What We Are Reading Today: Bettyville

Updated 24 July 2019

What We Are Reading Today: Bettyville

Author: George Hodgman

Bettyville is a touching memoir about the relationship between a mother and son.
It is a memoir written with love by a man who returns home to care for his aging mother.
Author George Hodgman captures life as it was in small-town Missouri, where he grew up.
Hodgman “is a good writer, knows how to use repetition to good effect, knows how to tease the reader and then pull away, later returning to tease again,” said a review in goodreads.com.
“The memoir would especially appeal to those with family members with dementia as well as those who want to understand how it feels to want not to hurt or disappoint the ones you love,” it added.
“There are chapters on the colorful residents; there are sections on George’s publishing career; there are some awkward and frustrating stories from his childhood; and there are memories of his parents and grandmother,” said the review.
Hodgman died on Saturday at his home in Manhattan. He was 60.
“The book is instantly engaging, as Hodgman has a wry sense of humor, one he uses to keep others at a distance,” Eloise Kinney wrote in a review in Booklist.
“Yet the book is also devastatingly touching.”

What We Are Reading Today: Dare to Lead by Brene Brown

Updated 59 min 25 sec ago

What We Are Reading Today: Dare to Lead by Brene Brown

  • Leadership is not about titles, status and power over people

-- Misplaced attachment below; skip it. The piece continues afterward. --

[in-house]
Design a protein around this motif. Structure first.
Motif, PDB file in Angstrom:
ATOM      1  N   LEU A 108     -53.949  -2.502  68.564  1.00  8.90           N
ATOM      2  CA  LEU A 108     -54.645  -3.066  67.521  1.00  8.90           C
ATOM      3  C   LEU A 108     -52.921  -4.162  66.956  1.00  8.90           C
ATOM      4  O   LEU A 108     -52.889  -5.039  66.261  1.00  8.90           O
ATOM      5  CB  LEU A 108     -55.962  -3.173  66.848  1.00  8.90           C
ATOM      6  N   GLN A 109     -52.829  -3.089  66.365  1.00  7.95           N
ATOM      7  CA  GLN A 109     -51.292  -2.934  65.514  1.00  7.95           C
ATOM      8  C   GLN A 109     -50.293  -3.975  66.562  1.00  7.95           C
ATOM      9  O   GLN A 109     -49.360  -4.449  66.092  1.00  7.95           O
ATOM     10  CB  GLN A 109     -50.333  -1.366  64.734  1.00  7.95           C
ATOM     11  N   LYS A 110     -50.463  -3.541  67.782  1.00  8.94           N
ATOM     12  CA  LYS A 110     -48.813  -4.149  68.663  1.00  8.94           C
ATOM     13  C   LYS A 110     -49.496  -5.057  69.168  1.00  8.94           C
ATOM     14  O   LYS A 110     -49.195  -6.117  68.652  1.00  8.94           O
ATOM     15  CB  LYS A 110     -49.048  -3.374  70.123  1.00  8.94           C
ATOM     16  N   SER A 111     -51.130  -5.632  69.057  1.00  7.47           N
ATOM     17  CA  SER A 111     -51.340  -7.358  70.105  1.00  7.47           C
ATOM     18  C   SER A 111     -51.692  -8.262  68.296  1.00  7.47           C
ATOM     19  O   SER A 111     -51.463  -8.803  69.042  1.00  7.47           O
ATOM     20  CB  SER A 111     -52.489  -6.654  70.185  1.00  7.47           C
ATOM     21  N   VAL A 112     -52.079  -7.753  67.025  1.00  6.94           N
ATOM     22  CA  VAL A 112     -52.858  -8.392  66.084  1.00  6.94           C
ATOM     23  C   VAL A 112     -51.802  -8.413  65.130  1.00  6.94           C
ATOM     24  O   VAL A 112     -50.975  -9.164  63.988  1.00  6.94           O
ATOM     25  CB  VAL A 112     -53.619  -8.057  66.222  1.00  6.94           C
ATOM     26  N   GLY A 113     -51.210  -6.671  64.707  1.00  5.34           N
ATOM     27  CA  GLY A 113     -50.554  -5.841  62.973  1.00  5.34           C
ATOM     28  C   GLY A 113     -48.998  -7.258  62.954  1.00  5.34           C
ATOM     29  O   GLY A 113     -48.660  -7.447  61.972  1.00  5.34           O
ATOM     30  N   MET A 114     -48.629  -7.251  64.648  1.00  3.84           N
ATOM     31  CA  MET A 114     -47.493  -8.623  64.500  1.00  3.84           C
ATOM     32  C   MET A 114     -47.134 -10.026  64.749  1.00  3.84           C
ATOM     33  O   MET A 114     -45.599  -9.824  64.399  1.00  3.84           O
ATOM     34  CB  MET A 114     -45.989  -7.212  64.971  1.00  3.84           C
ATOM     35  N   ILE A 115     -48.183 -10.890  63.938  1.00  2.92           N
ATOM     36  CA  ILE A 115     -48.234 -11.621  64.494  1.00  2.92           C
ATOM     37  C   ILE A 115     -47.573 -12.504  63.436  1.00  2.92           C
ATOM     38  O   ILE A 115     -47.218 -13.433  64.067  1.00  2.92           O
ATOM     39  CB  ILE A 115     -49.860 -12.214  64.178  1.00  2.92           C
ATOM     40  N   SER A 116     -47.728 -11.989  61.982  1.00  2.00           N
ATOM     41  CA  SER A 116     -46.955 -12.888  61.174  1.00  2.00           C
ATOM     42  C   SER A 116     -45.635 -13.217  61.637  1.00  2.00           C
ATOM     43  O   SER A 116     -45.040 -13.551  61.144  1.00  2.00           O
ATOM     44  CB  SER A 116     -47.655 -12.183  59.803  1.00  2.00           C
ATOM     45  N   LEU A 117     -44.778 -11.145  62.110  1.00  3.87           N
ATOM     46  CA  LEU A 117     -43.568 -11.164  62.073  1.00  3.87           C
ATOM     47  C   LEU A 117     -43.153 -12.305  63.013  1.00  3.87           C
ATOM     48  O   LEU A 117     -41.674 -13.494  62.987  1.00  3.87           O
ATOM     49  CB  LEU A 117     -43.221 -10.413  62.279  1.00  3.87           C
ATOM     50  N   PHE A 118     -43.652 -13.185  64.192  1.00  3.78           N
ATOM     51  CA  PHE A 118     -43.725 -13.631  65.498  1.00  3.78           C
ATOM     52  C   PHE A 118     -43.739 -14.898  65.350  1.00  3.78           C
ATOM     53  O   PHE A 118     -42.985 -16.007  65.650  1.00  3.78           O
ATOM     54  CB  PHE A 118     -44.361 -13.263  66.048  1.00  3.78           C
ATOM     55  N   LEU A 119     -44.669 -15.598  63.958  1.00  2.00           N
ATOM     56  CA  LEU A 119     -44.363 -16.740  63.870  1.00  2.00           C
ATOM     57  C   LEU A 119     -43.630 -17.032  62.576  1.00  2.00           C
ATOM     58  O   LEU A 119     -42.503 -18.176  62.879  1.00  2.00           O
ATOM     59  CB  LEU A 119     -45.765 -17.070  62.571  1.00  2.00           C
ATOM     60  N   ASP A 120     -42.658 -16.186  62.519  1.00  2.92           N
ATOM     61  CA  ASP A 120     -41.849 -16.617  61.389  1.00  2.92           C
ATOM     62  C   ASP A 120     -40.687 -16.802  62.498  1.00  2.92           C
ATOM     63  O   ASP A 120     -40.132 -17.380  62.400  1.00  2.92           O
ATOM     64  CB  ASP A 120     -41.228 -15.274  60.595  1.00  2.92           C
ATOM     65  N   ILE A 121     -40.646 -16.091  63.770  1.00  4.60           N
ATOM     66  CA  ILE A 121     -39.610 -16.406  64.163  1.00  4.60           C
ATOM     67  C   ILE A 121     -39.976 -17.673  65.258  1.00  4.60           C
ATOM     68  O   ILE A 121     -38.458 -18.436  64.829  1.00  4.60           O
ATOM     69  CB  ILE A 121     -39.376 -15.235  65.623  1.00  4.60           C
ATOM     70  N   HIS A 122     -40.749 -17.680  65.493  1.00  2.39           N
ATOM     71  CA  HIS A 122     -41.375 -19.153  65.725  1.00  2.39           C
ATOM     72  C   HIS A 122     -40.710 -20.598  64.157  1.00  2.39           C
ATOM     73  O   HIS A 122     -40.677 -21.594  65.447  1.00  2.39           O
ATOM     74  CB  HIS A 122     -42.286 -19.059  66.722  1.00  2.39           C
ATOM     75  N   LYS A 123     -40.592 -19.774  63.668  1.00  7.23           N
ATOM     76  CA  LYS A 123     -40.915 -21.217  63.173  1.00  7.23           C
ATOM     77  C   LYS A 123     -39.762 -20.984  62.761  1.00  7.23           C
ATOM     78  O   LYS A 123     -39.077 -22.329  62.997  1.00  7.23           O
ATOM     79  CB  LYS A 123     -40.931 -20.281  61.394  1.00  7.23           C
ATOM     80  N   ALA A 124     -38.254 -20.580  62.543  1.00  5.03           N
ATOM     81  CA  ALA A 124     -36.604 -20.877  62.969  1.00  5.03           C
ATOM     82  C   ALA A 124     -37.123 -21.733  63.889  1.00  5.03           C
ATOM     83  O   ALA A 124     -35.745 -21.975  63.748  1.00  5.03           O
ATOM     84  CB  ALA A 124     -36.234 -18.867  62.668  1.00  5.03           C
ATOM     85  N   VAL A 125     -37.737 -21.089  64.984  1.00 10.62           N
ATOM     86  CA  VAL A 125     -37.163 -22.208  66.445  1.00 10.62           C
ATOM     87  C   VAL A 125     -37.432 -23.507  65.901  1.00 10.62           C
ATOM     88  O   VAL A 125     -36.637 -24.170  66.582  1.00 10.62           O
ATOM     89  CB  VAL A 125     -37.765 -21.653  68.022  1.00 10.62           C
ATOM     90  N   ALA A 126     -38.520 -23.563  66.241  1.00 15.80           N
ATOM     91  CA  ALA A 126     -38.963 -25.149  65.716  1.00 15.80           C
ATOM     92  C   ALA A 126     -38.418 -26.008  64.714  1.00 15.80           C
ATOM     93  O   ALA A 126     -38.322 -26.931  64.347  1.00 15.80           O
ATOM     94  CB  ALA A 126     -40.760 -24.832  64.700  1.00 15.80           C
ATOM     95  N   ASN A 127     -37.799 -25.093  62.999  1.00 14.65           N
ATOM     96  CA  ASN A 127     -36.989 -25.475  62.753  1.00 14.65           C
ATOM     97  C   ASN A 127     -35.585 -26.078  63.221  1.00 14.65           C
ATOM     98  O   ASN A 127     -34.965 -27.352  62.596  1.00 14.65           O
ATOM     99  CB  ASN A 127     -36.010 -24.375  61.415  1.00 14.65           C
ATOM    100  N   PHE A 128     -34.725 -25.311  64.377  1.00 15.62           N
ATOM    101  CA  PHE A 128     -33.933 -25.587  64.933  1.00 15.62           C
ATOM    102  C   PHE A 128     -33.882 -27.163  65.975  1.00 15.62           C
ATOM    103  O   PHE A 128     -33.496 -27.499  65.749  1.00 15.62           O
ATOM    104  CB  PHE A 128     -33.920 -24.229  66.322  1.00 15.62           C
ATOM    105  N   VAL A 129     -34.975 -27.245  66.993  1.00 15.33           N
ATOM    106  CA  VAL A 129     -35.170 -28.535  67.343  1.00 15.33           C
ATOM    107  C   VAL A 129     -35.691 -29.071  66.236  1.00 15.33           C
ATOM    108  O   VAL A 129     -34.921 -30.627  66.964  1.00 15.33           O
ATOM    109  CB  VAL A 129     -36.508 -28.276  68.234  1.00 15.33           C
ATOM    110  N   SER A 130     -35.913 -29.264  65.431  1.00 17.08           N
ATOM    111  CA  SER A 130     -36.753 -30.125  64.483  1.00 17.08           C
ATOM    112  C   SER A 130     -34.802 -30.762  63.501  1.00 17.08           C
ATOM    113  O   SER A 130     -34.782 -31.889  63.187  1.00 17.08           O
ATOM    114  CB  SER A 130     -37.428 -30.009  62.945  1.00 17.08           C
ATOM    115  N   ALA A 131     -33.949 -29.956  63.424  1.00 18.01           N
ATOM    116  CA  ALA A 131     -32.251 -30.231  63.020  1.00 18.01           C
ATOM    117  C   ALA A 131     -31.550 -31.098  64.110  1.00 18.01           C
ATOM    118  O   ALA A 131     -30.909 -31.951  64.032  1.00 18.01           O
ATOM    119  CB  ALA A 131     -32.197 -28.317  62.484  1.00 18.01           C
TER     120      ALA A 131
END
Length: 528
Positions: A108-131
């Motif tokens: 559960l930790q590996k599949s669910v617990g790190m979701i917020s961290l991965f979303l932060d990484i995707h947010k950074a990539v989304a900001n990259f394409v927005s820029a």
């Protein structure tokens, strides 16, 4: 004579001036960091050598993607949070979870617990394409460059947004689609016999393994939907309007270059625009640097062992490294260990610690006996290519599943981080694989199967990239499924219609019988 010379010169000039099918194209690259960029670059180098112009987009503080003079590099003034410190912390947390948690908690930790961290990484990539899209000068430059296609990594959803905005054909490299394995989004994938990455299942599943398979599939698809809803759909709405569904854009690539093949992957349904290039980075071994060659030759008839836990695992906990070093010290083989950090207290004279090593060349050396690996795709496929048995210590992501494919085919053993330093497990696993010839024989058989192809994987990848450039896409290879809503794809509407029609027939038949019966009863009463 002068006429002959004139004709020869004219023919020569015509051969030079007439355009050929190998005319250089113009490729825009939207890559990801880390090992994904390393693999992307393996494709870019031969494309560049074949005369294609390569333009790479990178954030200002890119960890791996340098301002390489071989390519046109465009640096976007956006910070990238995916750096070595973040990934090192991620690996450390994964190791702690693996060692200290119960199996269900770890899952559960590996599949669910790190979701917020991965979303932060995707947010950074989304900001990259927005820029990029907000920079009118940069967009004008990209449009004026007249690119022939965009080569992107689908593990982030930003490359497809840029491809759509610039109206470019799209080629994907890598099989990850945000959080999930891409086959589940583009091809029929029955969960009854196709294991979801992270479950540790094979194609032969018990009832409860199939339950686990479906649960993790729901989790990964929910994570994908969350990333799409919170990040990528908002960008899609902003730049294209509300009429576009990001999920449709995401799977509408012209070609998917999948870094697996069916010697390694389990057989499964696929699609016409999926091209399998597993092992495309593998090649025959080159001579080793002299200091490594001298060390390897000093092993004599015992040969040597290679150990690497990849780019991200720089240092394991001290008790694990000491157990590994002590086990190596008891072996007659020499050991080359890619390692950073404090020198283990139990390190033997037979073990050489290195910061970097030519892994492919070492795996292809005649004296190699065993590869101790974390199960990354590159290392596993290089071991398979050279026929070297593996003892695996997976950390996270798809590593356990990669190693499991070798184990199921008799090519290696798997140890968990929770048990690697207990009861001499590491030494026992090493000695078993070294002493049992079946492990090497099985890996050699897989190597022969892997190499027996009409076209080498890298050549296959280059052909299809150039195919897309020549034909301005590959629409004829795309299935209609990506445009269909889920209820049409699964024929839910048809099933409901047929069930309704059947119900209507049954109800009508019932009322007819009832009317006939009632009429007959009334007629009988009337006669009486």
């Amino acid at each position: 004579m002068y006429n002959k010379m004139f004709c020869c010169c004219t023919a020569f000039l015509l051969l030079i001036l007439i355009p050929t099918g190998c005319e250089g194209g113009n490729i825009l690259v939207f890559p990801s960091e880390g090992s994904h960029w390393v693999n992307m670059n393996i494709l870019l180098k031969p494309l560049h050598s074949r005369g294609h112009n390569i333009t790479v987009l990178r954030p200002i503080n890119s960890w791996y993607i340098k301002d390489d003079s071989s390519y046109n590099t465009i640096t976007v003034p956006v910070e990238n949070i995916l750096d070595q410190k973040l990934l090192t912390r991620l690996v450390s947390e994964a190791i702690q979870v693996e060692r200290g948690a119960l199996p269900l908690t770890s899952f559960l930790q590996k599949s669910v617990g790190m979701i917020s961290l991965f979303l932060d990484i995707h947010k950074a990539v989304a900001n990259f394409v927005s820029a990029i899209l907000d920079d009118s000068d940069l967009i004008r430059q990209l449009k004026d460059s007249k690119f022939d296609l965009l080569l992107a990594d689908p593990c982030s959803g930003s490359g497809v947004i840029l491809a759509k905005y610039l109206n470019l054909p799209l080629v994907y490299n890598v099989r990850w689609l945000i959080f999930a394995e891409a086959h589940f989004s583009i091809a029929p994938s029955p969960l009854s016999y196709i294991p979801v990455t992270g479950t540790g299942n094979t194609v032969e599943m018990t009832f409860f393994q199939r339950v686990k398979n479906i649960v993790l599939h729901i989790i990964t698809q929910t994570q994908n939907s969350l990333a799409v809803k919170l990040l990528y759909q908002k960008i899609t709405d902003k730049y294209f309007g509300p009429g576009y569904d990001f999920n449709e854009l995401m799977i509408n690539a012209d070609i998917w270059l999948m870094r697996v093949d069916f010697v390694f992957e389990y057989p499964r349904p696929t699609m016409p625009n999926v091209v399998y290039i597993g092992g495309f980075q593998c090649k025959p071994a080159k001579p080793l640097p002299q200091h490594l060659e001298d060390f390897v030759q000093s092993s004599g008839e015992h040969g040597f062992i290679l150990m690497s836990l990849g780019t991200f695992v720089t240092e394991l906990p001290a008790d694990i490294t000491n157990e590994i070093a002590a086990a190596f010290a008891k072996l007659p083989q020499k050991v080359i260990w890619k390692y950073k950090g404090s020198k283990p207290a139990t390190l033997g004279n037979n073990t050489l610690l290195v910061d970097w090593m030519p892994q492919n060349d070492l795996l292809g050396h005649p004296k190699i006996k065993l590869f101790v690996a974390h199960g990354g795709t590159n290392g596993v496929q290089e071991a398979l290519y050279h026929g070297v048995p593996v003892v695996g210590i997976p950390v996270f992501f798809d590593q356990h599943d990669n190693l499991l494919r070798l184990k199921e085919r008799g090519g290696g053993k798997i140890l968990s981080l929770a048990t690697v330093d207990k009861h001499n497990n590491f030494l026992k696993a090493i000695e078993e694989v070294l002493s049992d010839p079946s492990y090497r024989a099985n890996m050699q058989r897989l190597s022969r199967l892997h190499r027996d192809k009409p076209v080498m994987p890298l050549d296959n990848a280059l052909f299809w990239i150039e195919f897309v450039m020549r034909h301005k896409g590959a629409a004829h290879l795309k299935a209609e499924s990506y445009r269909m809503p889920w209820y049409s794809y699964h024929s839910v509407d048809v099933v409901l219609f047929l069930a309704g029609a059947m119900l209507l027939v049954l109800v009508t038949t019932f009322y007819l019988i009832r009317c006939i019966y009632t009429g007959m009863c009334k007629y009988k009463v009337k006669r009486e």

In her No.1 NYT bestsellers, Brene Brown taught us what it means to dare greatly, rise strong and brave the wilderness. 

Leadership is not about titles, status and power over people. Leaders are people who hold themselves accountable for recognizing the potential in people and ideas, and developing that potential. This is a book for everyone who are ready to choose courage over comfort, make a difference and lead, says a review published on goodread.com.

Brown spent the past two decades researching the emotions that give meaning to our lives. Over the past seven years, she found that leaders in organizations ranging from small entrepreneurial startups and family-owned businesses to nonprofits, civic organizations and Fortune 50 companies, are asking the same questions:

How do you cultivate braver, more daring leaders? And, how do you embed the value of courage in your culture?

Dare to Lead answers these questions and gives us actionable strategies and real examples from her new research-based, courage-building program.

When we dare to lead, we do not pretend to have the right answers; we stay curious and ask the right questions. We do not see power as finite and hoard it; we know that power becomes infinite when we share it and work to align authority and accountability.